ARTS & ENTERTAINMENT
veteran Tim Long talks
By Anton Vidgen
Simpsons writer Tim Long dropped by The Wave last Thursday to
chat with a capacity crowd about his behind-the-scenes experience
on one of television's most popular shows.
The Gazette scored an interview with Long and...
Are you really a Simpsons writer?
Yeah, actually I have a car here.
Do you ever get people randomly breaking
into routines like that?
Sure, I don't particularly mind. I mean, people do what they
What is one of your favourite episodes?
I'm a big fan of a lot of episodes. There was an episode we
did a few years ago called Behind the Laughter that was, I think,
pretty funny. It was sort of a parody of a show called Behind
the Music and it was like a documentary behind-the-scenes of
The Simpsons. That actually ended up winning us an Emmy. I think
we were very fortunate in that respect.
You mentioned Ralph Wiggum as your
Yeah, I think so.
Why do you think that?
Because he's so sad. There's something about him, you just know
that his life is going to be terrible because he's so unable
to function. I like the combination of being really stupid and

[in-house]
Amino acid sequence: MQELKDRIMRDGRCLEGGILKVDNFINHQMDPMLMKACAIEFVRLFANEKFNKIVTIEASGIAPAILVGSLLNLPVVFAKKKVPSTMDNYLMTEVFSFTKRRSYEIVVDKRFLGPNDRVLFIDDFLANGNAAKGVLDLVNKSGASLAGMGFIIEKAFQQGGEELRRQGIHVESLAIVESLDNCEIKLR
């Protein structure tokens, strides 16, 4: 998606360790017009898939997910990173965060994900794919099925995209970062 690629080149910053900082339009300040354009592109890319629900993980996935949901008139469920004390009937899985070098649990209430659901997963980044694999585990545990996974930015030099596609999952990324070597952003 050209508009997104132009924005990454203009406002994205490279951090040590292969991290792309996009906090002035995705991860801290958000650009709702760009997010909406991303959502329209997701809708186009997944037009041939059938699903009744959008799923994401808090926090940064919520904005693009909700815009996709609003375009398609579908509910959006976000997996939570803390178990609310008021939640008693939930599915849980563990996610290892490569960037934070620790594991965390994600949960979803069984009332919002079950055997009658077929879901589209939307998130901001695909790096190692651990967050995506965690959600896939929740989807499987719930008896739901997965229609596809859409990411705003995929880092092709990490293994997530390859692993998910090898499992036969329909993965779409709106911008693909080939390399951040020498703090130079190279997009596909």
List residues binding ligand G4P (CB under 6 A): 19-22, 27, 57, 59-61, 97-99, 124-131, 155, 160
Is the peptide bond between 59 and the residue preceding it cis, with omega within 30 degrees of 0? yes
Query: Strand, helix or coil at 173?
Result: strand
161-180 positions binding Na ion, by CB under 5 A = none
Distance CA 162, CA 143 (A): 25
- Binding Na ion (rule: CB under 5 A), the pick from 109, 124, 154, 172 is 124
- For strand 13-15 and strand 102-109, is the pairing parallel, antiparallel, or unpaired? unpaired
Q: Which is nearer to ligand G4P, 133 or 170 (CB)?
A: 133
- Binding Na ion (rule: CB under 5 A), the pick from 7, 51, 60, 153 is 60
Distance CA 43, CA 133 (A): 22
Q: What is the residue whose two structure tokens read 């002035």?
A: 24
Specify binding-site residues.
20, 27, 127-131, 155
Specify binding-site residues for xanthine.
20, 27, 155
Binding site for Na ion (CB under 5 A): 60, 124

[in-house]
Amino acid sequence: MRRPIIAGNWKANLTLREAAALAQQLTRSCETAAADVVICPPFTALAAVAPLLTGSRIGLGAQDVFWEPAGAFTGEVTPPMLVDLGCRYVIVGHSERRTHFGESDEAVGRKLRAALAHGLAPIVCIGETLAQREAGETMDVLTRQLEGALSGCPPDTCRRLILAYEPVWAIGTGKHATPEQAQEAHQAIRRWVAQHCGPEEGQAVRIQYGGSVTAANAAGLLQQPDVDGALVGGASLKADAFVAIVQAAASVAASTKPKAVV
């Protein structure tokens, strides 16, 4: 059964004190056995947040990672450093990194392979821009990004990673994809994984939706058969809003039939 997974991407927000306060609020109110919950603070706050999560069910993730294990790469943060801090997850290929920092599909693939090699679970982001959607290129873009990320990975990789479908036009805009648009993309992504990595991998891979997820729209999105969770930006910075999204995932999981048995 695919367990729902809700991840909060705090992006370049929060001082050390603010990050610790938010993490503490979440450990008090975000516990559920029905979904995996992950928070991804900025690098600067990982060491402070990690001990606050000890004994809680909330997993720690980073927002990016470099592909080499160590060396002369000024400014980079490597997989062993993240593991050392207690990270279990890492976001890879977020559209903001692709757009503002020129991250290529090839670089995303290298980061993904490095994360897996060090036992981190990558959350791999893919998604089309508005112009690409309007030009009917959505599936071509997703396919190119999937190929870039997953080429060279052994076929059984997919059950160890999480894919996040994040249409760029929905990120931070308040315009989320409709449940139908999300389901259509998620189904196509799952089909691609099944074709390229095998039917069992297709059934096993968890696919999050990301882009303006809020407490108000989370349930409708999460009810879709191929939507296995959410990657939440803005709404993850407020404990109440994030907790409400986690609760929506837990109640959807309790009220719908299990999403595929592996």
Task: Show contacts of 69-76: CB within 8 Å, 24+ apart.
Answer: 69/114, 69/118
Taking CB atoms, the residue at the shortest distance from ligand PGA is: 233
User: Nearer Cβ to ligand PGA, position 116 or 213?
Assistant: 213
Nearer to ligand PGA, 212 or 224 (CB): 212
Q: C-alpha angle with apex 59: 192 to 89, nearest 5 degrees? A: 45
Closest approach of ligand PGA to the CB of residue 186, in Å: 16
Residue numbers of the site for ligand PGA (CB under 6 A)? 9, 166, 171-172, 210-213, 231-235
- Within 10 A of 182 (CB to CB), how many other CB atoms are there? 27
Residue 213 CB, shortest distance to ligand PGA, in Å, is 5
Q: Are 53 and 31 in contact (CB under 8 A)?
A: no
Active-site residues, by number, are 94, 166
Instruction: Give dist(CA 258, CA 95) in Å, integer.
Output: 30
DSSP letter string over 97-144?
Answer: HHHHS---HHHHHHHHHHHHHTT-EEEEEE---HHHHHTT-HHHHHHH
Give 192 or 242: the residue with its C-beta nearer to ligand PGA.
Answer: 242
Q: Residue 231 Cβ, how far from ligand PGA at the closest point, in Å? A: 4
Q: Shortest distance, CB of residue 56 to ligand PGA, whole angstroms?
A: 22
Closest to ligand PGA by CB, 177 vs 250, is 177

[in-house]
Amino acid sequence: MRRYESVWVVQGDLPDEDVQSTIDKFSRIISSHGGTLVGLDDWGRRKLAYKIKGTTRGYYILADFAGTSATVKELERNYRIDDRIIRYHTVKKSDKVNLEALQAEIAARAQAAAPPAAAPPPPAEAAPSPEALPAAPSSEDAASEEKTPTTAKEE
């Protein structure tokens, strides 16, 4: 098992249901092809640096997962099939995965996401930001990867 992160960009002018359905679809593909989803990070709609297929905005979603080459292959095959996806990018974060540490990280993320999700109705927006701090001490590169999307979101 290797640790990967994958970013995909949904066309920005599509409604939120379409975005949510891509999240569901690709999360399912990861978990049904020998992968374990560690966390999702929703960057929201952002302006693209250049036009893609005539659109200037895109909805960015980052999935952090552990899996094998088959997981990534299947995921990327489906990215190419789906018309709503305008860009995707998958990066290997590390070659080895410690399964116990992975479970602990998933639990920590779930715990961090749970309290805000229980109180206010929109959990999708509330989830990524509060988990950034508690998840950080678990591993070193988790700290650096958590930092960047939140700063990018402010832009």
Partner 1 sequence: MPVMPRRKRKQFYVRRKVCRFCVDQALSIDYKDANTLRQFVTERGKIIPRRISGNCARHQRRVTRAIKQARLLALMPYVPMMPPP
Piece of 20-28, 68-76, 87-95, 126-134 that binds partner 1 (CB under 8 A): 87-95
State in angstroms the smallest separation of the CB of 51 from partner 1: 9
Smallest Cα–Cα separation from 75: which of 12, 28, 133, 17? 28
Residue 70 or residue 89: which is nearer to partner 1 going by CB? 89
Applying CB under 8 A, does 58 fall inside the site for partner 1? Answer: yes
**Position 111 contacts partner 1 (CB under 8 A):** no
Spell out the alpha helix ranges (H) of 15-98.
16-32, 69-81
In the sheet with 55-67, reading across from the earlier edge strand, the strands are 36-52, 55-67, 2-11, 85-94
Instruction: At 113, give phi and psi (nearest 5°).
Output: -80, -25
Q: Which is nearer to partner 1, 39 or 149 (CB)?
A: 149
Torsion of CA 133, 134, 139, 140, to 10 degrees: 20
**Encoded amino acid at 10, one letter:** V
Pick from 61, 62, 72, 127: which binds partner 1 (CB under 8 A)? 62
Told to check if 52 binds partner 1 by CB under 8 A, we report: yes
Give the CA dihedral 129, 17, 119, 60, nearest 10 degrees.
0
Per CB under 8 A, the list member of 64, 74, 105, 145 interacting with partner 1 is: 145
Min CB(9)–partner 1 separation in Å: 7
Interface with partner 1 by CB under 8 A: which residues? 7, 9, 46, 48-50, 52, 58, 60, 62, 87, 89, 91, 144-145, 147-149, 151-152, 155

really cheerful. Homer has that and Ralph has a little of that
You also talked about celebrities.
Which was perhaps the most interesting celebrity you've dealt
They've all been pretty great. I'm surprised at how nice they
are ã like when Sarah Michelle Gellar came in, she just
could not have been sweeter and more accommodating. I'm surprised
at just how normal they are.
Do you think The Simpsons now is perhaps
less innovative than it was in the past or does it continue
to break new ground?
Obviously you can't lose your virginity twice. You get to the
point where, you know, you see this incredibly innovative show
- and it still innovates in a smaller way ã but you can't
recreate that initial explosion. We've done the best we can.
But I still think and I flatter myself to think, we're still
doing one of the best shows on TV.
Do you think there is a common message
The Simpsons delivers?
Yeah, I think the specifics of the message is "don't believe
And on the subject, could you describe
in one word your relationship with FOX?
[long pause] Mixed.
You mentioned The Simpsons ending
in 2005 as a possibility. Where do you see yourself in the future?
It's hard to say. I've been really lucky in the sense that I've
never had to work on a show that's embarrassed me. I'm going
to try and maintain that as things go on. I've never had to
go to a party to say I work for a scrappy show. I would like
to end up doing my own show or own movie next. We'll see what